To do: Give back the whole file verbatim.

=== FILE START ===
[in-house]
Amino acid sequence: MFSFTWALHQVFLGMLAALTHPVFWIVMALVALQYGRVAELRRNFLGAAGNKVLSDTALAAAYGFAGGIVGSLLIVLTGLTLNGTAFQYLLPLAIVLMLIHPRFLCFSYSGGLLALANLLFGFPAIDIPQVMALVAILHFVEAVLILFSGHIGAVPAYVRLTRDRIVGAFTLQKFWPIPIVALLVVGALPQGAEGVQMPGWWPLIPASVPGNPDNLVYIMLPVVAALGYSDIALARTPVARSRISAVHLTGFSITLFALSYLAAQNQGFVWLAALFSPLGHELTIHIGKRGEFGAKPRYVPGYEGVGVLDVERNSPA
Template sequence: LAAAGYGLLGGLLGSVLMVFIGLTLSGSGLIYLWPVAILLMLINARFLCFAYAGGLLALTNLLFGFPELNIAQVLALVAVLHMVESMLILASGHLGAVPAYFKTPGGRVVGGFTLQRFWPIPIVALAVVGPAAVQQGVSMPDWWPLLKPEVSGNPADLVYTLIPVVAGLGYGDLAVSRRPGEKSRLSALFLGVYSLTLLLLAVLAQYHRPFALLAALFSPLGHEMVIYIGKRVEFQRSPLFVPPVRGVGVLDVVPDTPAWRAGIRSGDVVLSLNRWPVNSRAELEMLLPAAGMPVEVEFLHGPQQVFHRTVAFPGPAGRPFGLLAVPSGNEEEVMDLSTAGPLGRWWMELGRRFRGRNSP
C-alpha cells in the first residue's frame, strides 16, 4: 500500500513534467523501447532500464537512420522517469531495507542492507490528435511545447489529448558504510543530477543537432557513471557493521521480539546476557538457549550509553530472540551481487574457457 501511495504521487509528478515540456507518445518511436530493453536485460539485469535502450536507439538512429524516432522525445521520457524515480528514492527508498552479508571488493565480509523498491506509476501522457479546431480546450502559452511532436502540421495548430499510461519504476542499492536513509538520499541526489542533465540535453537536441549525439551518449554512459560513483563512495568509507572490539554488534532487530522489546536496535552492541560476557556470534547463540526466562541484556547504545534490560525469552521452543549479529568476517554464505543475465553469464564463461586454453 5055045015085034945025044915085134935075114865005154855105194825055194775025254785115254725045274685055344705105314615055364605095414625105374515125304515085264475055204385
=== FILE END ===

[in-house]
Amino acid sequence: MFSFTWALHQVFLGMLAALTHPVFWIVMALVALQYGRVAELRRNFLGAAGNKVLSDTALAAAYGFAGGIVGSLLIVLTGLTLNGTAFQYLLPLAIVLMLIHPRFLCFSYSGGLLALANLLFGFPAIDIPQVMALVAILHFVEAVLILFSGHIGAVPAYVRLTRDRIVGAFTLQKFWPIPIVALLVVGALPQGAEGVQMPGWWPLIPASVPGNPDNLVYIMLPVVAALGYSDIALARTPVARSRISAVHLTGFSITLFALSYLAAQNQGFVWLAALFSPLGHELTIHIGKRGEFGAKPRYVPGYEGVGVLDVERNSPA
Template sequence: LAAAGYGLLGGLLGSVLMVFIGLTLSGSGLIYLWPVAILLMLINARFLCFAYAGGLLALTNLLFGFPELNIAQVLALVAVLHMVESMLILASGHLGAVPAYFKTPGGRVVGGFTLQRFWPIPIVALAVVGPAAVQQGVSMPDWWPLLKPEVSGNPADLVYTLIPVVAGLGYGDLAVSRRPGEKSRLSALFLGVYSLTLLLLAVLAQYHRPFALLAALFSPLGHEMVIYIGKRVEFQRSPLFVPPVRGVGVLDVVPDTPAWRAGIRSGDVVLSLNRWPVNSRAELEMLLPAAGMPVEVEFLHGPQQVFHRTVAFPGPAGRPFGLLAVPSGNEEEVMDLSTAGPLGRWWMELGRRFRGRNSP
C-alpha cells in the first residue's frame, strides 16, 4: 500500500513534467523501447532500464537512420522517469531495507542492507490528435511545447489529448558504510543530477543537432557513471557493521521480539546476557538457549550509553530472540551481487574457457 501511495504521487509528478515540456507518445518511436530493453536485460539485469535502450536507439538512429524516432522525445521520457524515480528514492527508498552479508571488493565480509523498491506509476501522457479546431480546450502559452511532436502540421495548430499510461519504476542499492536513509538520499541526489542533465540535453537536441549525439551518449554512459560513483563512495568509507572490539554488534532487530522489546536496535552492541560476557556470534547463540526466562541484556547504545534490560525469552521452543549479529568476517554464505543475465553469464564463461586454453 5055045015085034945025044915085134935075114865005154855105194825055194775025254785115254725045274685055344705105314615055364605095414625105374515125304515085264475055204385